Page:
As great as these islands were, they did not hold a candle to our next stop, Breton Island.  There were tens of thousands of terns crowded on the beaches of the north end, and scattered liberally elsewhere along the perimeter.  Thousands of Brown Pelicans were loafing along the shore, and the heads of more on nests were poking up from the scrub.  Scanning the sky over the island as we approached showed 3300 terns in the air, not spooked, just going about their activities.  As we walked through the interior, creches of 100-200 large but still flightless tern chicks scuttled out of our way.  We decided it prudent to not approach too closely, and headed back for the boat.  At that point our first unexpected bird of the day flew by, headed out to the water:  Neotropical Cormorant, a bird normally confined to Baton Rouge and points west.   We boated a bit south and pulled on shore again, and while disembarking spotted the trophy bird of the day:  Arctic Tern.  It allowed close approach and study for the next half hour or so, showing the full suite of marks:  solid blood red bill, gray underparts separated from black cap by a white line, pencil thin black line on ventral and dorsal surfaces of transparent primaries, short legs.

Other interesting aspects of these islands included the prevalence of Reddish Egrets- we had ten or so, the only large waders except for a single Great Blue Heron.  Hundreds (thousands?) of Black Terns were loafing, apparently summering on the islands despite not breeding in the state- half or so were in black breeding plumage.  Scattered shorebirds included Marbled Godwits, Avocets, an Oystercatcher, and a Black-necked Stilt with three downy young.  Frigatebirds appeared now and then cruising overhead.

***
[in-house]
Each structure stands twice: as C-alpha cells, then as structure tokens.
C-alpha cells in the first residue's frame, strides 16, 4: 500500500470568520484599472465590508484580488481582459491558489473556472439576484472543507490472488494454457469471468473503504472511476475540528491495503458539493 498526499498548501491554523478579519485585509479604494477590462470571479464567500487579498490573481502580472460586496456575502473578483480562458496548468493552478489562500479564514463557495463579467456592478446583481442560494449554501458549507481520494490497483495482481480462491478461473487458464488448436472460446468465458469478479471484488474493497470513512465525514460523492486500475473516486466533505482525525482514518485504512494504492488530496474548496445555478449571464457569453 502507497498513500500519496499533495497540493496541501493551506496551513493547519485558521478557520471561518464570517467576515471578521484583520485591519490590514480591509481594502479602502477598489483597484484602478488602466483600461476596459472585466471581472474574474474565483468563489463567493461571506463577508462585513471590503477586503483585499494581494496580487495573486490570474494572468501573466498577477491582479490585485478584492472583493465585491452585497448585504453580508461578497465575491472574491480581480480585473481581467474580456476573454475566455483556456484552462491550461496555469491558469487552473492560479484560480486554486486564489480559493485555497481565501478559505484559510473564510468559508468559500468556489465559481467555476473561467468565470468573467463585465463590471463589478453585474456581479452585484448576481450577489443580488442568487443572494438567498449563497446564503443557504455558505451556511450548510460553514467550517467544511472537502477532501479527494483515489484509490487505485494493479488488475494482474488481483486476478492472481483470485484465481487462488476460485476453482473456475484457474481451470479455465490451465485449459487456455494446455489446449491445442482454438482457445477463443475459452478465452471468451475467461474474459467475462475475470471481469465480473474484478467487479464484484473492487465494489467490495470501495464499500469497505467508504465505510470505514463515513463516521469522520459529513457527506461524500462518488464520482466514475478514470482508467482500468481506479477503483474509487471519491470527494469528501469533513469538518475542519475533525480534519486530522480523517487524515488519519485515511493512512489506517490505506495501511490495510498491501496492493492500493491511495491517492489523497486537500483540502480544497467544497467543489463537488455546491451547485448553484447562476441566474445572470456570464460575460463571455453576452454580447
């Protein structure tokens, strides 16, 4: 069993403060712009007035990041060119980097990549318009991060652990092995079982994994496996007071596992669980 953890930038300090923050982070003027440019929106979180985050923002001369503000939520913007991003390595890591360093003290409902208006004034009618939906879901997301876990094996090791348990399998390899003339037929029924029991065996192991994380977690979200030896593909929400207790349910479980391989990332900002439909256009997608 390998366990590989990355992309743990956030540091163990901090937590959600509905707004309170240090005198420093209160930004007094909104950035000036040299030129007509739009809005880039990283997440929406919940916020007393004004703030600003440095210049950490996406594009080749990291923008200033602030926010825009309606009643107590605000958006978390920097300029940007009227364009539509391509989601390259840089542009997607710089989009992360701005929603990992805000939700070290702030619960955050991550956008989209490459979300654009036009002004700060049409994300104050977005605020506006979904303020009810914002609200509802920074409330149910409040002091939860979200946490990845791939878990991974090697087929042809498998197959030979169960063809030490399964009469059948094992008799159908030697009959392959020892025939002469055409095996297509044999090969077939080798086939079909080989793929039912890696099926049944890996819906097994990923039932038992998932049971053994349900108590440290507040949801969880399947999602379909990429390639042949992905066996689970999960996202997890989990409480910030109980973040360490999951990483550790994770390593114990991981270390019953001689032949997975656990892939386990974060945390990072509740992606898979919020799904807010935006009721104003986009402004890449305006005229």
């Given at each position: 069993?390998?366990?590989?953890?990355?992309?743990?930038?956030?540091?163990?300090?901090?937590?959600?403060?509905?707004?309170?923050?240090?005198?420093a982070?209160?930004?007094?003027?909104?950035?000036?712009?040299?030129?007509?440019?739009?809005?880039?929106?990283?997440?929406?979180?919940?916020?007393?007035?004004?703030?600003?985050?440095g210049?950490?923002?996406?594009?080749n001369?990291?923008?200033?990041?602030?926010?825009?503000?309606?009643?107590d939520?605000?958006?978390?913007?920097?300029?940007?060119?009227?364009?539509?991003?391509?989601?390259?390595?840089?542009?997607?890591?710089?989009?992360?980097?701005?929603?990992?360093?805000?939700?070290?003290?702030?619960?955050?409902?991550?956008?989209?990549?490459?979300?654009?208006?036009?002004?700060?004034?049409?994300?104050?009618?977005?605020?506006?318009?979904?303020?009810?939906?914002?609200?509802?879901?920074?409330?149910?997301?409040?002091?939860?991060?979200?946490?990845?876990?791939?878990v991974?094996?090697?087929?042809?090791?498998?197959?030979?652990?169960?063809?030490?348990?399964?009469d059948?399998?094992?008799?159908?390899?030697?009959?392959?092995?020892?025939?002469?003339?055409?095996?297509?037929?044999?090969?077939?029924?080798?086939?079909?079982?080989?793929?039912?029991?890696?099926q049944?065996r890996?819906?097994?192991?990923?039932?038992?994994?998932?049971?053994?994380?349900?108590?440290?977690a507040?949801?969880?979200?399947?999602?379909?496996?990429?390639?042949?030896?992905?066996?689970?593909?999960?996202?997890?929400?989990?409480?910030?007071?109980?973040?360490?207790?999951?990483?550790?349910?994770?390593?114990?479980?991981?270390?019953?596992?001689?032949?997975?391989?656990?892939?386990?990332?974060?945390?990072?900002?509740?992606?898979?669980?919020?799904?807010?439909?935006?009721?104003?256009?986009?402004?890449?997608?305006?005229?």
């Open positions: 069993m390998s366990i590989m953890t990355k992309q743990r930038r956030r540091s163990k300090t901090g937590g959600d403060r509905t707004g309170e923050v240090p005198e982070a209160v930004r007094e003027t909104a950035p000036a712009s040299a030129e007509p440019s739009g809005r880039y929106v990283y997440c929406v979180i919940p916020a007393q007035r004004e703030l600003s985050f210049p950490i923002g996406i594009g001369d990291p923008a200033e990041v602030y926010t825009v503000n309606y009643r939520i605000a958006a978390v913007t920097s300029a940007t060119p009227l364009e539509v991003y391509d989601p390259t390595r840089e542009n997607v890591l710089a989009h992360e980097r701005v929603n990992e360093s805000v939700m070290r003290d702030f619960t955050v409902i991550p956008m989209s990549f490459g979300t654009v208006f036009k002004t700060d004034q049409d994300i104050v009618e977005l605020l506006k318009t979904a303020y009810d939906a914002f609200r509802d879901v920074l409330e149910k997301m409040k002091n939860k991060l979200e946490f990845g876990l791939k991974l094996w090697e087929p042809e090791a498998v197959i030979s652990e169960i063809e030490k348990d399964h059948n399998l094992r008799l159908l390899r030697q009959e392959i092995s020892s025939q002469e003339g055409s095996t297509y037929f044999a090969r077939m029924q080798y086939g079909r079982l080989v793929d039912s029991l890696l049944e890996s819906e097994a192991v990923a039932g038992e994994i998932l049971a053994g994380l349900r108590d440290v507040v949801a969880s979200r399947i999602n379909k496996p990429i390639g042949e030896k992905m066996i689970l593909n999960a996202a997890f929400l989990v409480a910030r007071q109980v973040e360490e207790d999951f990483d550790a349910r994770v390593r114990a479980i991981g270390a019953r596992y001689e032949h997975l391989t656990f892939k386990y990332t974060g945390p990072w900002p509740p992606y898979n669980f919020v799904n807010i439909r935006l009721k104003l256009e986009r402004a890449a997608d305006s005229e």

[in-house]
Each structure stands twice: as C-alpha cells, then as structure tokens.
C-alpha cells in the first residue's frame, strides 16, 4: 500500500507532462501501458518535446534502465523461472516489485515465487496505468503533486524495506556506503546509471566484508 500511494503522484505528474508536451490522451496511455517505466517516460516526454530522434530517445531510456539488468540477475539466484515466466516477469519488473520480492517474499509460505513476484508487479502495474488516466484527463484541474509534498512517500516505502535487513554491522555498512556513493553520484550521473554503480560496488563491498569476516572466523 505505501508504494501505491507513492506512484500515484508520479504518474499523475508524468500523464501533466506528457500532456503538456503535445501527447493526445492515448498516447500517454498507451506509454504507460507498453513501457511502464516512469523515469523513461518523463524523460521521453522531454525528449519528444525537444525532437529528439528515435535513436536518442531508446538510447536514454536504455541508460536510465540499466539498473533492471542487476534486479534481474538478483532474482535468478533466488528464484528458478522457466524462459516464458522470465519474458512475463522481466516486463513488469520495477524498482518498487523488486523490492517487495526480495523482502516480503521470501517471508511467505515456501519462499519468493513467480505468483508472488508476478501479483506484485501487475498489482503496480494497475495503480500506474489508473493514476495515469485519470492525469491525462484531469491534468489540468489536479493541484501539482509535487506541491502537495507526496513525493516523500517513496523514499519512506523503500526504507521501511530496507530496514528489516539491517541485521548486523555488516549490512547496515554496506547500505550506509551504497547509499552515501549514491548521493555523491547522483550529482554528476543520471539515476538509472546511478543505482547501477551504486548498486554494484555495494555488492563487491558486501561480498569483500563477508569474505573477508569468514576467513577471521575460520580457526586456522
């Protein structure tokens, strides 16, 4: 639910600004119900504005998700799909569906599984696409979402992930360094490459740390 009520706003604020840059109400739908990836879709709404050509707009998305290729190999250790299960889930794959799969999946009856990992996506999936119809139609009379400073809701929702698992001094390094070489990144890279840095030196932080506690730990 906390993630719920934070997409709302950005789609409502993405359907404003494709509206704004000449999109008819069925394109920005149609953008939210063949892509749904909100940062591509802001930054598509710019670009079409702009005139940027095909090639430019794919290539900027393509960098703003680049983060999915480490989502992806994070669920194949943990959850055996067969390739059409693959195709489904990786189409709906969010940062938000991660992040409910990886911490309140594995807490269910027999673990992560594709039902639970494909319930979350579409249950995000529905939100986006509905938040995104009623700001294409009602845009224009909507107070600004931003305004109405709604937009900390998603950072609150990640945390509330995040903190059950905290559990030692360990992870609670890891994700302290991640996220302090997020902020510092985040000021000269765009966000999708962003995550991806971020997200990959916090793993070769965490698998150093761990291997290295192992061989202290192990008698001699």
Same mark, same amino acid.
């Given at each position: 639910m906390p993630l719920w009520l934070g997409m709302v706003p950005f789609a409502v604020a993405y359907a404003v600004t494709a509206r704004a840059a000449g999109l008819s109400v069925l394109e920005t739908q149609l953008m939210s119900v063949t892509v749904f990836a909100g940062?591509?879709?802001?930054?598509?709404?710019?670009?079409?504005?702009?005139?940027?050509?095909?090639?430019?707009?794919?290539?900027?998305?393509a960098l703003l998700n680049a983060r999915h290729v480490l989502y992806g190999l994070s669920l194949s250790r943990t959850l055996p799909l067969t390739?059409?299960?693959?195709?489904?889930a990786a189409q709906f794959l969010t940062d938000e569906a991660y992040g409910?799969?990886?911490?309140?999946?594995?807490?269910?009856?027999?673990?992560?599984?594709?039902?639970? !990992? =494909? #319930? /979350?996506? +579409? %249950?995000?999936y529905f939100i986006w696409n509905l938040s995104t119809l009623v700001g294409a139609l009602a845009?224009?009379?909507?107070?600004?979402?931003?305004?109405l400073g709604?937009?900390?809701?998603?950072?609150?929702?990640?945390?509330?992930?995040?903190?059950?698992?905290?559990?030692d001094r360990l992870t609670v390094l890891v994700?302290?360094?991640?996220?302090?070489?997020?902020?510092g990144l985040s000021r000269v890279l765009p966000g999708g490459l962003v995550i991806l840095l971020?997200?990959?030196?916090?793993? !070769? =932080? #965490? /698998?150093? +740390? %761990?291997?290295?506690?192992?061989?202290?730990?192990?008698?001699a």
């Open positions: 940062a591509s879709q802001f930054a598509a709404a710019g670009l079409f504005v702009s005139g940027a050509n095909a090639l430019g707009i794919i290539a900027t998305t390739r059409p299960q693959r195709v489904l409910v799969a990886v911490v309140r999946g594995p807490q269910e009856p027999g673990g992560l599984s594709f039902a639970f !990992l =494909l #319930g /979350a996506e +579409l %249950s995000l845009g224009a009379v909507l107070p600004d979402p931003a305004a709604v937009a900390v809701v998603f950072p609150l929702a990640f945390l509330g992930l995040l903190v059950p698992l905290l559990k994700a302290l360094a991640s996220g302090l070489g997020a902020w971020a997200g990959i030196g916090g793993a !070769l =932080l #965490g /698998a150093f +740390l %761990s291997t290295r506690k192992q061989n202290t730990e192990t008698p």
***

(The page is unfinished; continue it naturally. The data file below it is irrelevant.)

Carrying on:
What a great day!


Friday, July 10, 2015

Quarter of a million purple martins at north end of Pontchartrain Causeway- awesome!!!

Yesterday evening I kayaked out to the martin roost off Mandeville. I knew that it was about two miles offshore, but had a hard time targeting the spot while heading over from Sunset Point until, shortly before dusk, I was enveloped in a river of birds headed that direction- a flow that seemed to buoy me along. As dusk gathered,the flow gradually grew to about 50 birds passing by per second, chattering as they went. I then reached the bridge; birds were swarming noisily underneath, flying up to perch on the understructure. I ended up kayaking 1.3 miles of roosting birds; each bridge segment had about 1900 birds, which grew to 2400 before I turned around. This comes to 125,000 in the portion I covered; because I know it stretches twice that far, it seems that 250,000 is an appropriate estimate.
Being immersed by this huge mass of birds, together with lightning in the distance and the lapping lake swells, ranks this among my peak birding experiences.

Saturday, July 4, 2015

First fall migrant reported: Solitary Sandpiper in Bossier City

Well, on schedule, the first southbound migrant (that I have word of) has been reported in our state:  a Solitary Sandpiper up in Bossier City in the northwest corner.  Thank you Terry Davis!

A shorebird of some sort is often our first non-Louisiana-nesting species to return from the north- and this one is all the way from Canada, likely fresh from nesting in some boreal forest wetland.  



Since my post, a report of 19 Piping Plovers in the Fourchon-Elmers area has come to light from June 30- claiming rightful ownership of the title of first fall migrants reported!